Welcome to T3's Samsung TU8500 review. It's the shining star of the company's Crystal LED line-up, which sits just under its QLED models – these tend to be staples of our picks of the best TVs under £500 and the best TVs under £1000.
While QLED is Samsung's brightest, highest range, most people will actually spend their cash on something a little less extravagant from the tiers below, where similar smart platform connectivity is paired with more affordable, though less striking panel technology and less outré cosmetic design.
It’s here you’ll find the brand’s TU series, which hints at higher-end performance without the accompanying price tag.
The TU8500 retains much of the smart TV specification found higher up the food chain. The brand’s Tizen smart platform is bolstered by clever niceties like Ambient mode (wherein you can have the set double as an image gallery when in standby) and smart home SmartThings support device support.
We took a closer look at the 50-inch model, the Samsung UE50TU8500. Here we'll tell you more detail about what we loved about it, and what we didn't.
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Samsung TU8500 review: price, release date & features
This is a review of the 50-inch TU8500 (UE50TU8500), but the model is also available in 43-, 55- and 65-inch screen sizes (UE43TU8500, UE55TU8500 and UE65TU8500 respectively). Finding a set to fit your room shouldn’t be an issue.
The 43-inch model costs £449, this 50-inch model costs £549, the 55-inch model costs £669, and the 65-inch model costs £899. They're all comfortable at the more budget end of the spectrum, then – coming in a few hundred cheaper at each size than the Samsung Q60T (the cheapest QLED model) or the Panasonic HX800.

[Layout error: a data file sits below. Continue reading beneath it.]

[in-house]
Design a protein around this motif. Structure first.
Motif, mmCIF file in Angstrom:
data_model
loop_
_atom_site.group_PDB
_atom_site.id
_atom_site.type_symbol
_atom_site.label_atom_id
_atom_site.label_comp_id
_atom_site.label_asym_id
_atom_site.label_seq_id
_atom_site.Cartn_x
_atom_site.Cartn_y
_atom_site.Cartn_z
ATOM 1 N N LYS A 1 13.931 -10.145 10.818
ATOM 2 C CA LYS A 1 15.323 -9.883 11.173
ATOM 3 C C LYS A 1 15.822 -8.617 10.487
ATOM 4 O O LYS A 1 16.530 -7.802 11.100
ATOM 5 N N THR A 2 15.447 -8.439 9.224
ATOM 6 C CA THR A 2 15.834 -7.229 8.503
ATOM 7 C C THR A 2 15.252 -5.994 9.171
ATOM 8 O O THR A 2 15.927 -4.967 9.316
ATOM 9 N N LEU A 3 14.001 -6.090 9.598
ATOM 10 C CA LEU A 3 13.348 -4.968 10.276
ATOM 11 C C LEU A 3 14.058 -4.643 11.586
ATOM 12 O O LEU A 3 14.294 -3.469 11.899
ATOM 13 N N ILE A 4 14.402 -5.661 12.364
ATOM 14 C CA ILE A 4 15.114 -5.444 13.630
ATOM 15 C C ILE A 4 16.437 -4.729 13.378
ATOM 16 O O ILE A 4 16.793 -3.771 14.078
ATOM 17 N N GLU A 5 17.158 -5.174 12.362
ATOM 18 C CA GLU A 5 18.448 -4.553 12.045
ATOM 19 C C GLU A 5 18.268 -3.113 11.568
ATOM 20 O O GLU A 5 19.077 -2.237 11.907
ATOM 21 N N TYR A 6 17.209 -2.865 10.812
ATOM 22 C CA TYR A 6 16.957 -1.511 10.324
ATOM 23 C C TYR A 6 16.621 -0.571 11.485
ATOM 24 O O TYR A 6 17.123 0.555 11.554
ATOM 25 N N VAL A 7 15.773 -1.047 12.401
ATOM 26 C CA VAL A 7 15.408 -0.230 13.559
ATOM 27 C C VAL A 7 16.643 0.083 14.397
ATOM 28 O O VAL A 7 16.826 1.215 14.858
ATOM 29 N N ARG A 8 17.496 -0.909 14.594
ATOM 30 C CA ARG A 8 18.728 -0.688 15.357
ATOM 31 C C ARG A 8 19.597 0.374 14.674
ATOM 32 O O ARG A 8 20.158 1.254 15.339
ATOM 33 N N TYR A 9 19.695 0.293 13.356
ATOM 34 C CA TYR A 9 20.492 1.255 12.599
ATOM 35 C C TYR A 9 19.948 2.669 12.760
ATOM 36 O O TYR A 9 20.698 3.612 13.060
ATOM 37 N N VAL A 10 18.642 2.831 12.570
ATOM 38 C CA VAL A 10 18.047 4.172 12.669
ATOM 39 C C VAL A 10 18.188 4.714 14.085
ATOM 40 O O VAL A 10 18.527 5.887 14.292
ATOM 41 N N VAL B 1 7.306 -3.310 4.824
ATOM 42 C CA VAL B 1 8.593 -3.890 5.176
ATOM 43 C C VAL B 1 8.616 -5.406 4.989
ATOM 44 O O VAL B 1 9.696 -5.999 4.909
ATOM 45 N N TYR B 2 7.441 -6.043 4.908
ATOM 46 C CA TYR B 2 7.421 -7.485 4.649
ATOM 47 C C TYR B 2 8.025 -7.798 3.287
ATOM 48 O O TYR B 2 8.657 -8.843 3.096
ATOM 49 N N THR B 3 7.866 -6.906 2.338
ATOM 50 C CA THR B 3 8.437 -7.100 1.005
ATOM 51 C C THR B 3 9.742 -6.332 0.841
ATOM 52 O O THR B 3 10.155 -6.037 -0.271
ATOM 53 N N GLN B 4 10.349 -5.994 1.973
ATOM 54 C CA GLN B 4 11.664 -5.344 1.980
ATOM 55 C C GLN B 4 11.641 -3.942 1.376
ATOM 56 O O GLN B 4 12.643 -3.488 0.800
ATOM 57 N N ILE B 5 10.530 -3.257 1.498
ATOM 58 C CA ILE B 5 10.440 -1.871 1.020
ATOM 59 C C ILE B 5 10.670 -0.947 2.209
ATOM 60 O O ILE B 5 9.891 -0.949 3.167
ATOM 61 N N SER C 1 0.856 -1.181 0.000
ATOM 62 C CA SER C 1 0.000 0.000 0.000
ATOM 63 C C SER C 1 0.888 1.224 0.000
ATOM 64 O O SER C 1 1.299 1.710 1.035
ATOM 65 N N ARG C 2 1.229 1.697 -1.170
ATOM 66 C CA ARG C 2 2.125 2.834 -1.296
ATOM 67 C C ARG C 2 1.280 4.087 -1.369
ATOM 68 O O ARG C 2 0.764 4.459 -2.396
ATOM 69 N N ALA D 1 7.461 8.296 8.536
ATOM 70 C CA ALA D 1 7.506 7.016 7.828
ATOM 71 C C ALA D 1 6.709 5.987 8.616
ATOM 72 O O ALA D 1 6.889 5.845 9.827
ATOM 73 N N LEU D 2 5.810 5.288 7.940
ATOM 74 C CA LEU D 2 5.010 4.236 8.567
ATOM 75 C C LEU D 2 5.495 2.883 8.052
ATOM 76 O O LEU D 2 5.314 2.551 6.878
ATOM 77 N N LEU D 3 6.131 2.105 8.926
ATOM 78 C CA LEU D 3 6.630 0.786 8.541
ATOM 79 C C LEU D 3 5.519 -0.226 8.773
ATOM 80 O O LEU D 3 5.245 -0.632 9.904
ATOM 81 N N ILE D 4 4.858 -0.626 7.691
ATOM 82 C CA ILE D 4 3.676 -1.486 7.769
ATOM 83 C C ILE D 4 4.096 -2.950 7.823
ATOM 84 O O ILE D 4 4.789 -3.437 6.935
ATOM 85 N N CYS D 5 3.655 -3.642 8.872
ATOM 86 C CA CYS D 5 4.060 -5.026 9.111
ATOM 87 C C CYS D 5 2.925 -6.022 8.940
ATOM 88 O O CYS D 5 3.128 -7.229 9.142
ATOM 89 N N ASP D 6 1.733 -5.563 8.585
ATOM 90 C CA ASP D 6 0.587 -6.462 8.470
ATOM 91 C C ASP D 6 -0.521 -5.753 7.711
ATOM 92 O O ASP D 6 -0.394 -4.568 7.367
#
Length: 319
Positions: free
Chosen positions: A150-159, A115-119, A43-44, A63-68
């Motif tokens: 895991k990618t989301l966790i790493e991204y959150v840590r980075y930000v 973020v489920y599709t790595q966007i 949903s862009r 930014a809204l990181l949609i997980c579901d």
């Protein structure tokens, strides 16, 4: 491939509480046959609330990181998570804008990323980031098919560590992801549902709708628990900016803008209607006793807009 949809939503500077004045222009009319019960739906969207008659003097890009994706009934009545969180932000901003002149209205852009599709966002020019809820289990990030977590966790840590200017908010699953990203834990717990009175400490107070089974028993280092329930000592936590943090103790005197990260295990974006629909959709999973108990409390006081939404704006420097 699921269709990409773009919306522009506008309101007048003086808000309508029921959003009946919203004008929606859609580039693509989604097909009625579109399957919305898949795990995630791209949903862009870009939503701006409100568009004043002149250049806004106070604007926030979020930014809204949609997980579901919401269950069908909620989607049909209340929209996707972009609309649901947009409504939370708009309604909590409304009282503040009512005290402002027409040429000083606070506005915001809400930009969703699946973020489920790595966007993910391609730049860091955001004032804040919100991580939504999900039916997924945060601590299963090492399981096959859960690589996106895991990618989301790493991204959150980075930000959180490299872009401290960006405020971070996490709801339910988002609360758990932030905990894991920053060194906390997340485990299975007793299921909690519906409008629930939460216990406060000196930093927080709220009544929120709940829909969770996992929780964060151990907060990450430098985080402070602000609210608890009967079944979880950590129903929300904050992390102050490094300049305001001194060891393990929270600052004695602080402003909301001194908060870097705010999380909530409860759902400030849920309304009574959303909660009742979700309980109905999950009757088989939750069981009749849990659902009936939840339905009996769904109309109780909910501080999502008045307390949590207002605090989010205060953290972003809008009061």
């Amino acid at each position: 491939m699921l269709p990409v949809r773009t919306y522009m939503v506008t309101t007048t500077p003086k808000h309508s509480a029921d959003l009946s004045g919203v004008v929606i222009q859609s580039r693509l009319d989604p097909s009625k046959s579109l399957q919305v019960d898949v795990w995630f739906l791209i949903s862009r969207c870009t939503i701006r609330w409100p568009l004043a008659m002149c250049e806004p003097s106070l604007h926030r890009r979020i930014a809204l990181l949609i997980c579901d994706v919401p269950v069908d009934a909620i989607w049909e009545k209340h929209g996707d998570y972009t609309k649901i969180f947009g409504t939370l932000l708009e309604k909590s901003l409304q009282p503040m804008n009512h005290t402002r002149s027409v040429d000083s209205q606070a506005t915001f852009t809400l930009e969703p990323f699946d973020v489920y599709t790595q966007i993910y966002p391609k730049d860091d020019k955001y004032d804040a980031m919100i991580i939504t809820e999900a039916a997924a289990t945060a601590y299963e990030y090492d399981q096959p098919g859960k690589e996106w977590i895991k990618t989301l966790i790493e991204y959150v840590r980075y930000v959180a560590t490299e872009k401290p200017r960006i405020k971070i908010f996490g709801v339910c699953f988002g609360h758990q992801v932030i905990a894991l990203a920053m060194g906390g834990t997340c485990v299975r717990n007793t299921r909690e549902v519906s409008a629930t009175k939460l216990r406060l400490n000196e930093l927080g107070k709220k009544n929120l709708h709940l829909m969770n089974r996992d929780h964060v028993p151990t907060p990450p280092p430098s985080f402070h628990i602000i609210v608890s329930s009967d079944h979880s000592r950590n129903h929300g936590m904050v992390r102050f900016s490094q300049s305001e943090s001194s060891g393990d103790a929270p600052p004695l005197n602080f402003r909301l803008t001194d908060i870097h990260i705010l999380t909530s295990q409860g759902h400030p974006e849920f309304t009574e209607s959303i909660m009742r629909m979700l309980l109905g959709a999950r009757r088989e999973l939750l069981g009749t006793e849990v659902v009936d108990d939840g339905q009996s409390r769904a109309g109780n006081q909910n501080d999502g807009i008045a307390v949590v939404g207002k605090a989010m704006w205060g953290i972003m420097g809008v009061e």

Connectivity reflects the screen's affordable price point: there are just three HDMIs, although one of these does offer an eARC mode as well as regular ARC, to stream audio to a waiting soundbar (more on that in a mo). There are also two USB ports, plus analogue video and stereo inputs, an audio digital optical audio out and Ethernet. Wireless support comes via Wi-Fi and Bluetooth.
The set benefits from two tuners, one terrestrial (which is regular Freeview HD), the other generic HD satellite. The remote control is a standard issue Samsung infrared device, with dedicated buttons for Netflix, Amazon Video and Rakuten TV, making it easy to hop straight into key streaming services.
Familiar from other Samsungs, we’re offered two Game mode options. If you opt to select Game Motion Plus, you’ll retain some elements of beneficial picture processing. In this mode, input lag measures around 26.7ms (which is fine for casual gaming). However if you disable Game Motion Plus, and go hardcore Game mode, input lag drops to a mere 11.7ms (measured at 1080p/60fps), which can be considered excellent.